I wanted to clear up some terminology around Windows Clusters that seems to cause a bit of confusion. I've stumbled across a few questions on StackOverflow and Experts-Exchange that seem to have some basic confusion around "clustering servers" and "how to install an application to a cluster", and I'm hoping to set a few things straight.

  1. There's really no such thing as a clustered server. Servers can have clustering enabled and configured, but the servers themselves aren't really clustered - they're just set up to enable clustered applications. When servers are part of a cluster, they still do all their thinking on their own, including running their own applications, services, and tasks, without the other servers in the cluster even being aware.
  2. You don't cluster servers, you cluster applications and resources. Once servers have had clustering installed and are configured, you can cluster an application or a resource. This clustering is really just telling the cluster manager that you want it to control which server clients talk to when they want to access the resource. The cluster manager ensures that the application (or service or resource) is running on only one node at any given time, and to the extent it's able, it ensures that it's always running (watching for a failure and bringing the resource online on another node and then directing clients to that node instead).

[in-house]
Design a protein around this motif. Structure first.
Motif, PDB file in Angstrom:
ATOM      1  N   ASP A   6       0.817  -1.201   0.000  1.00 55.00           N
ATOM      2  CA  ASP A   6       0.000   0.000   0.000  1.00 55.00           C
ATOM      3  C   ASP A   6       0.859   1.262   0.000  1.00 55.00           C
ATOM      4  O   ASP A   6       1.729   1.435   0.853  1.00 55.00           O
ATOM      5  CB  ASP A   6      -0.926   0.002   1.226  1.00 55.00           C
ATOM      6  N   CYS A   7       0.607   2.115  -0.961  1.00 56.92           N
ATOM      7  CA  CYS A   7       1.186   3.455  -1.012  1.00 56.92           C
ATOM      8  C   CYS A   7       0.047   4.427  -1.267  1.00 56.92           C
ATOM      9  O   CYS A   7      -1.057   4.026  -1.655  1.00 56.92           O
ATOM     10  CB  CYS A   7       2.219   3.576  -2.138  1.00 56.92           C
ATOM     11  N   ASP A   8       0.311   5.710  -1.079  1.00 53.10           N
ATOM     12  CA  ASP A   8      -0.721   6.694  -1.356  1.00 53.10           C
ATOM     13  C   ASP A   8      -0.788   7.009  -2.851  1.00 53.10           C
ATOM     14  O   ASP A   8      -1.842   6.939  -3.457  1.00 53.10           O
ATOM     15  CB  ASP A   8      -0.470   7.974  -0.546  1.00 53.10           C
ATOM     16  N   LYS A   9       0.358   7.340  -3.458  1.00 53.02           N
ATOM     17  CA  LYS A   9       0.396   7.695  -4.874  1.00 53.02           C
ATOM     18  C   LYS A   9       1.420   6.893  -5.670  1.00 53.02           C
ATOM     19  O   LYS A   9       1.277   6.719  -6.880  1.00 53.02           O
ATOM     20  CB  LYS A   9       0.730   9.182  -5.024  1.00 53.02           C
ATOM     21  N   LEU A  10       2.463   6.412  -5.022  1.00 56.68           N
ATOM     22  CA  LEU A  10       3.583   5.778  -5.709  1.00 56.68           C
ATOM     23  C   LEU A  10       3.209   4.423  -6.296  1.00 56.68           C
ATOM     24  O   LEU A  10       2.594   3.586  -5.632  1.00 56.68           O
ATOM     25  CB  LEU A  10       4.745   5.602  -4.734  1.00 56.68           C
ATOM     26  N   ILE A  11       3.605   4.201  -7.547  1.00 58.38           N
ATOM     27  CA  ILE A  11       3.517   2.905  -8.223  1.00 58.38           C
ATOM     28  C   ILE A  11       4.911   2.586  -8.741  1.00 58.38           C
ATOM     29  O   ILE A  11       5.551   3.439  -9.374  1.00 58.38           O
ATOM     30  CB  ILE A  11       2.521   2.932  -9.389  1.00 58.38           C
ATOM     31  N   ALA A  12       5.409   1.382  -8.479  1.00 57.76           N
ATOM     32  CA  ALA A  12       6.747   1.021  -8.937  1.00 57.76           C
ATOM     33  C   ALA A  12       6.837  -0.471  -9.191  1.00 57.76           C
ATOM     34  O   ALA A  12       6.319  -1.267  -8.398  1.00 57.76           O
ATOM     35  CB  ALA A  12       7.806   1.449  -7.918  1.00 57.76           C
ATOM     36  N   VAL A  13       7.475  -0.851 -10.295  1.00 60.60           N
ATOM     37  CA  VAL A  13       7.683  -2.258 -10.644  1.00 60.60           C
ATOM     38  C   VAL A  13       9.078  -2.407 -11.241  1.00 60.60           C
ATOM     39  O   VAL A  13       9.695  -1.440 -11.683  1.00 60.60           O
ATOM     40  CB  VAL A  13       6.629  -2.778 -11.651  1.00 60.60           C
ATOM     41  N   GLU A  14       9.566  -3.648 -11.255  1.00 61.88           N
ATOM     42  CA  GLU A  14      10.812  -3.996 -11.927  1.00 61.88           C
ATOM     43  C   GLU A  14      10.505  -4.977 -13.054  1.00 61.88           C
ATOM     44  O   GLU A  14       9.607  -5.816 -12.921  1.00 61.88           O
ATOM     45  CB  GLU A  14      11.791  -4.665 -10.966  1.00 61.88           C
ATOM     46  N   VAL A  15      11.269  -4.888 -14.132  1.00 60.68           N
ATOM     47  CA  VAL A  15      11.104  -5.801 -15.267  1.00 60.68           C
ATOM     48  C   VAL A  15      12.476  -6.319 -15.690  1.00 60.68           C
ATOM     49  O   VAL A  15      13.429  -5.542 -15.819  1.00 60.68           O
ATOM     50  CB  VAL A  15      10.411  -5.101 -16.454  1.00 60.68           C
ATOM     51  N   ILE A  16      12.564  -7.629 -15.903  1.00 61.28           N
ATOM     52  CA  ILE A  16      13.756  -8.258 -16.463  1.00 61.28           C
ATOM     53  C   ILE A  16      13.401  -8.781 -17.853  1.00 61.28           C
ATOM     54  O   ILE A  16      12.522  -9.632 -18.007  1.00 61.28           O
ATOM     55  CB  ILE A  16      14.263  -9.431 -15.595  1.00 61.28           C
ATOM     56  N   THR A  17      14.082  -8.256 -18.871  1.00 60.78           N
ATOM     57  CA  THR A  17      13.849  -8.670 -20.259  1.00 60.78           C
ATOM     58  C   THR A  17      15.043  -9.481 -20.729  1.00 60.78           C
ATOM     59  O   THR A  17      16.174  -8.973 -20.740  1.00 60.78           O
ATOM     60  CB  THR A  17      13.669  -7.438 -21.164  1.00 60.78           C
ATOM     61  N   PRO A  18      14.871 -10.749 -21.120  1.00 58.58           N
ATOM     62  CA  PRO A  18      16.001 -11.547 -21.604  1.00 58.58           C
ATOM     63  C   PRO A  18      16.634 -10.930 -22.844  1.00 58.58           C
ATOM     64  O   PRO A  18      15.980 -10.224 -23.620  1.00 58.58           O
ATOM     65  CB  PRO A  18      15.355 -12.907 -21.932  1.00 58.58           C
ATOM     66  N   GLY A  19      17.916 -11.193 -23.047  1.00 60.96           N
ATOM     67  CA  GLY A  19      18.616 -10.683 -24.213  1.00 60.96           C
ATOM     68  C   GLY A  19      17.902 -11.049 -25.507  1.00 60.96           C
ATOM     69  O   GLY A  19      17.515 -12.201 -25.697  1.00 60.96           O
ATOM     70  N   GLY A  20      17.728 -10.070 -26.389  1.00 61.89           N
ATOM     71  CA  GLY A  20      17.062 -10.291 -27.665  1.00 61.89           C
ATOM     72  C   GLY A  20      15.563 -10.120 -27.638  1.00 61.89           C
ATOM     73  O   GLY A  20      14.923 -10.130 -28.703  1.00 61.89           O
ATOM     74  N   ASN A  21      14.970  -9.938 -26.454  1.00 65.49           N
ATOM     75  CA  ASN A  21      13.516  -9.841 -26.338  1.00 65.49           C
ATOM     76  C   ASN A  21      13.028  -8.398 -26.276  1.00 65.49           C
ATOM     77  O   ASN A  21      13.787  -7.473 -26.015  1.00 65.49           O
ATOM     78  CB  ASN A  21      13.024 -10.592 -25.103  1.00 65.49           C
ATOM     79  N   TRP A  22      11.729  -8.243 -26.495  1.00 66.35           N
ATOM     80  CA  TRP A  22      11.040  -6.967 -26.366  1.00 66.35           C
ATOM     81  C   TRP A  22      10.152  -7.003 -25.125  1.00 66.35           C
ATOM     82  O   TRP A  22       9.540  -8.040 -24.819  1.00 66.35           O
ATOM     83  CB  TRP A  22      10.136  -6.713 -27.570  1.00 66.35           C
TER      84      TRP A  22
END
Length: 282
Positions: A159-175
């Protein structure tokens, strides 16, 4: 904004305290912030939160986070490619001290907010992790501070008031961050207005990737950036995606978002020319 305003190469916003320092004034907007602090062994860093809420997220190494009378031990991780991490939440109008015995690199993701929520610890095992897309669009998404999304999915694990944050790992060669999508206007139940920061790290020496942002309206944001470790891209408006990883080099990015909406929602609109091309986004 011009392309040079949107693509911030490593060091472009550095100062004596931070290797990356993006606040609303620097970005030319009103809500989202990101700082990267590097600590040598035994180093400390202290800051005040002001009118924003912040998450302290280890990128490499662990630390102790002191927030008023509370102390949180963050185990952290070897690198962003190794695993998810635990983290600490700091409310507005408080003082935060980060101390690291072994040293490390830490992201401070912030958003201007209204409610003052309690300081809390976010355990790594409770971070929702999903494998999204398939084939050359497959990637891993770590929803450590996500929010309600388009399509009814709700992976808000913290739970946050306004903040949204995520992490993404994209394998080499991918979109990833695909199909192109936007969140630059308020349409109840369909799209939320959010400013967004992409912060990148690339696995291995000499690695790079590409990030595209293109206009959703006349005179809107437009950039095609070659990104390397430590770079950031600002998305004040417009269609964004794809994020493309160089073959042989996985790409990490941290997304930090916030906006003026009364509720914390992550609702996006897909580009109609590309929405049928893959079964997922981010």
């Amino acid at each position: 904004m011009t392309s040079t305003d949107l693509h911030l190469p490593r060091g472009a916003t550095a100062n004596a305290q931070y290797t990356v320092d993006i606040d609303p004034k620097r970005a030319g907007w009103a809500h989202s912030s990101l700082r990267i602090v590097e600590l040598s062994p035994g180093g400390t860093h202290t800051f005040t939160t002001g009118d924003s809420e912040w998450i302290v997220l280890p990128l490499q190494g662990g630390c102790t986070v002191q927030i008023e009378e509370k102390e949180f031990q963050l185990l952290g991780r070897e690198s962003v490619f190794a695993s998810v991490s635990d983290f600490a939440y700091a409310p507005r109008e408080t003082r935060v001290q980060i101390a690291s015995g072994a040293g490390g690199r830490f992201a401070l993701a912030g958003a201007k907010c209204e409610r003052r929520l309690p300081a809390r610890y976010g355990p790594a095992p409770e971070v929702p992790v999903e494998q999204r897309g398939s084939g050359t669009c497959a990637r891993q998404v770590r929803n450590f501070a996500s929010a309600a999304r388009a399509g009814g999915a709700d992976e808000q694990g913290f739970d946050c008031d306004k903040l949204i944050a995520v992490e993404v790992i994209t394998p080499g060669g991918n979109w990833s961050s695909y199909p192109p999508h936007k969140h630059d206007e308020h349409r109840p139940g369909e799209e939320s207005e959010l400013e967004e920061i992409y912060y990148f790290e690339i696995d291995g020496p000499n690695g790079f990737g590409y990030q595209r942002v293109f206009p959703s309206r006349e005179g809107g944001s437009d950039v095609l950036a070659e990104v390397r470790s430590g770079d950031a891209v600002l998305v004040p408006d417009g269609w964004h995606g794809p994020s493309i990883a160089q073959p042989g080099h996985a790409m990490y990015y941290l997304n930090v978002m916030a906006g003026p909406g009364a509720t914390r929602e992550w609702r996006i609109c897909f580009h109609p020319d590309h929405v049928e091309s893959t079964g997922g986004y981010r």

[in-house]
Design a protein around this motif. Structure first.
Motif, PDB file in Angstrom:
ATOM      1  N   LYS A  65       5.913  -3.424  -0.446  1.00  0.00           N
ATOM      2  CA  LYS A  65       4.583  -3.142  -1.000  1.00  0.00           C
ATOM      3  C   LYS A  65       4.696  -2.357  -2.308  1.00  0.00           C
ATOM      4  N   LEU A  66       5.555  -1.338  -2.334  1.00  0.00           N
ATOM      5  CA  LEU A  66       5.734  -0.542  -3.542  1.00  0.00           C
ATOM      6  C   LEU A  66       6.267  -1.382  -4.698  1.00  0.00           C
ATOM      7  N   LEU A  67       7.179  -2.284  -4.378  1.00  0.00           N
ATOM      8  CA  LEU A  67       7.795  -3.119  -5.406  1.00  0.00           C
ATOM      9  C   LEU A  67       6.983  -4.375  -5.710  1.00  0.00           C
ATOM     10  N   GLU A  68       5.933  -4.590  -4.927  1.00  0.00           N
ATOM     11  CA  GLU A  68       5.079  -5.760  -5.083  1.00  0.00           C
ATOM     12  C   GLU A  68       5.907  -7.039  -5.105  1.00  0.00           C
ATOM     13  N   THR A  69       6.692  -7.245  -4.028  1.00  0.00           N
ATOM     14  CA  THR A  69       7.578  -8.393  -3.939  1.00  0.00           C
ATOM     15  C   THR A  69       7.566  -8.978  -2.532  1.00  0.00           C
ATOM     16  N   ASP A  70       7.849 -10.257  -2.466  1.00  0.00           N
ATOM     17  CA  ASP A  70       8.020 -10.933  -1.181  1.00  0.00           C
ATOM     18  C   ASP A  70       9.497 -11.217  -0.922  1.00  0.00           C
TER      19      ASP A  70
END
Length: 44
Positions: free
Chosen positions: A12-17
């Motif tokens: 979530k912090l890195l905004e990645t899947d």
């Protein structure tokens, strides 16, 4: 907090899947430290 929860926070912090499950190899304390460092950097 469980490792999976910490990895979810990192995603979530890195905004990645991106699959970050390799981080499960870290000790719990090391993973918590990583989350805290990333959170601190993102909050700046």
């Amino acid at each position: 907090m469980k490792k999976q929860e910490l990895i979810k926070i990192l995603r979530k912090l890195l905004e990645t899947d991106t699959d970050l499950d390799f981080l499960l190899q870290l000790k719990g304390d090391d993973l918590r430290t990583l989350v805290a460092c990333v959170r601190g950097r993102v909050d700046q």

3. Applications don't have to be "cluster-aware" to be clustered. I work mostly with SQL Server, which is cluster-aware, but applications you cluster don't need to be. You can cluster any service, or resource on a server by just adding it to the cluster manager - the cluster manager will ensure it only runs on one server at a time, not allowing it to start on other nodes. For example, we use a monitoring tool that runs as a service - we installed the service on each cluster node and then added to the cluster manager - it now can be failed back and forth between nodes as a clustered resource, so it's always online, is failure-resistant, and shares a segment of the HKLM in the registry between nodes - all without being explicitly cluster-aware.